Berlin Wall- Built to keep East and West Germany separated.
Russia controlled the East side.
People couldn't cross it unless with special permission.
Built- 1961. Destroyed- 1989.
Over 800 years old.
Stained glass was removed to save it from German soldiers.
put back in after he war was over.
It was in a state of despair, but saved by Napoleon.
FUN FACT
It was here at the Hall of Mirrors that the treaty of Versailles was signed on 28th June 1919, which sealed the end of the First World War.
Joseph, baron von Eichendorff
Is a good literary figure because he has
been to Heidelberg he studied law there
but he went on as a writer. His main topic was romance and the free will of others.
Lle De le Cite: Île de la Cité (n.d.). In aviewoncities.com. Retrieved March 13, 2014, from http://www.aviewoncities.com/paris/iledelacite.htm

Heidelberg Castle, Germany. (2011, March 4). In World Site Guides. Retrieved March 17, 2014, from http://www.worldsiteguides.com/europe/germany/heidelberg-castle/

Les Invalides, the Military Museum and Tomb of Napoleon. (2008). In Napoleon. Retrieved March 10, 2014, from http://www.napoleon.org/en/magazine/museums/files/Invalides_and_Military_Museum.asp

Champs Elysee: Dixon, L. (n.d.). The History of Champs Elysee. In usatoday.com. Retrieved March 13, 2014, from http://traveltips.usatoday.com/history-champs-elysee-14444.html

History.com Staff. (2011). Eiffel Tower. In History. Retrieved March 5, 2014, from http://www.history.com/topics/eiffel-tower

Notre Dame Cathedral: History of the Arc De Triomphe Paris (n.d.). In notredamecathedralparis.com. Retrieved March 10, 2014, from http://www.notredamecathedralparis.com/history








Victor Hugo
Is a good literary figure for Paris because he was one of leading figures of the French romantic movement. The Romantic Movement did not reach France until the 1820's. Romanticism was one of revolts against an established order of things-against precise rules, laws, dogmas, and formulas that characterized Classicism in general and late 18th-century.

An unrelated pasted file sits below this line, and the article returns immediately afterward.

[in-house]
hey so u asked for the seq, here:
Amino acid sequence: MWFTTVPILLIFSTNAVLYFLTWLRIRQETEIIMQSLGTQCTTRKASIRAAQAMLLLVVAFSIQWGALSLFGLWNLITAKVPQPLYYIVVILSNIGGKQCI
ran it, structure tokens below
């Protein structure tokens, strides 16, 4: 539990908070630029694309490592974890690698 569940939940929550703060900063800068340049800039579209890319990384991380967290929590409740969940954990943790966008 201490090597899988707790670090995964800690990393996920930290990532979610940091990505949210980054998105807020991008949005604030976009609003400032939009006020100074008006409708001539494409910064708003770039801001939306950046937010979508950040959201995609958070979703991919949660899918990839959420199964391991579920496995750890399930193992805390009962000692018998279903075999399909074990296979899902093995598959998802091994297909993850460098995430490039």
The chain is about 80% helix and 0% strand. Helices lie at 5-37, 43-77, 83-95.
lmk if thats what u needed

Notre Dame Cathedral: History of the Arc De Triomphe Paris (n.d.). In notredamecathedralparis.com. Retrieved March 10, 2014, from http://www.notredamecathedralparis.com/history

Weimar, Germany: Weimar Germany (n.d.). In historylearningsite.co.uk. Retrieved March 9, 2014, from History of the Arc De Triomphe Paris (n.d.). In notredamecathedralparis.com. Retrieved March 10, 2014, from http://www.notredamecathedralparis.com/history

Joseph, baron von Eichendorff. (2013, February 26). In Encyclopedia Britannica. Retrieved March 8, 2014, from http://www.britannica.com/EBchecked/topic/180916/Joseph-baron-von-Eichendorff

Brandenburg castle: Maranzani, B. (n.d.). Brandenburg Gate: A brief History. In history.com. Retrieved March 9, 2014, from http://www.history.com/news/brandenburg-gate-a-brief-history

Victor Hugo - A Brief Summary of his Life. (2001). In Victor Hugo. Retrieved March 16, 2014, from http://www.victorhugo.gg/victor-hugo/